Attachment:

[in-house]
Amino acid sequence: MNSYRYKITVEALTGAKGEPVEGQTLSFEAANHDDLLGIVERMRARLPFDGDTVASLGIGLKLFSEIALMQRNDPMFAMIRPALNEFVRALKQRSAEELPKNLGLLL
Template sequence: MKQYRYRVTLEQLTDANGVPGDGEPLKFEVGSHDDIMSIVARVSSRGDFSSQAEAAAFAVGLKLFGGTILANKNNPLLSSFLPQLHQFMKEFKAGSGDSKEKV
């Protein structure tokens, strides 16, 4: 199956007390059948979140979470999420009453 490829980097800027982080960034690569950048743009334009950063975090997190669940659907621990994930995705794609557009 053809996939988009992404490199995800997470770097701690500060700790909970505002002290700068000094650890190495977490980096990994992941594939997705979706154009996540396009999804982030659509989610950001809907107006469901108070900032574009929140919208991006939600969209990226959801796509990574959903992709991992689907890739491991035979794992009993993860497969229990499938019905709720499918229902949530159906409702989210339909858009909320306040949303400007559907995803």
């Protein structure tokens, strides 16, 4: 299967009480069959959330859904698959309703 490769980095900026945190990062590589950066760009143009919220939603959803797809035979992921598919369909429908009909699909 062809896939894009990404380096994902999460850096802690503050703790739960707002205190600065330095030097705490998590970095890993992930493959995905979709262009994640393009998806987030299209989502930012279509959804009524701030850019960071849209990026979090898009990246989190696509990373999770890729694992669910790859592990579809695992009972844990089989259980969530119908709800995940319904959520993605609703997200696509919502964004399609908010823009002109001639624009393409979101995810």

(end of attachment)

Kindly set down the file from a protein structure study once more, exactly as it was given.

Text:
[in-house]
Amino acid sequence: MNSYRYKITVEALTGAKGEPVEGQTLSFEAANHDDLLGIVERMRARLPFDGDTVASLGIGLKLFSEIALMQRNDPMFAMIRPALNEFVRALKQRSAEELPKNLGLLL
Template sequence: MKQYRYRVTLEQLTDANGVPGDGEPLKFEVGSHDDIMSIVARVSSRGDFSSQAEAAAFAVGLKLFGGTILANKNNPLLSSFLPQLHQFMKEFKAGSGDSKEKV
């Protein structure tokens, strides 16, 4: 199956007390059948979140979470999420009453 490829980097800027982080960034690569950048743009334009950063975090997190669940659907621990994930995705794609557009 053809996939988009992404490199995800997470770097701690500060700790909970505002002290700068000094650890190495977490980096990994992941594939997705979706154009996540396009999804982030659509989610950001809907107006469901108070900032574009929140919208991006939600969209990226959801796509990574959903992709991992689907890739491991035979794992009993993860497969229990499938019905709720499918229902949530159906409702989210339909858009909320306040949303400007559907995803």
């Protein structure tokens, strides 16, 4: 299967009480069959959330859904698959309703 490769980095900026945190990062590589950066760009143009919220939603959803797809035979992921598919369909429908009909699909 062809896939894009990404380096994902999460850096802690503050703790739960707002205190600065330095030097705490998590970095890993992930493959995905979709262009994640393009998806987030299209989502930012279509959804009524701030850019960071849209990026979090898009990246989190696509990373999770890729694992669910790859592990579809695992009972844990089989259980969530119908709800995940319904959520993605609703997200696509919502964004399609908010823009002109001639624009393409979101995810």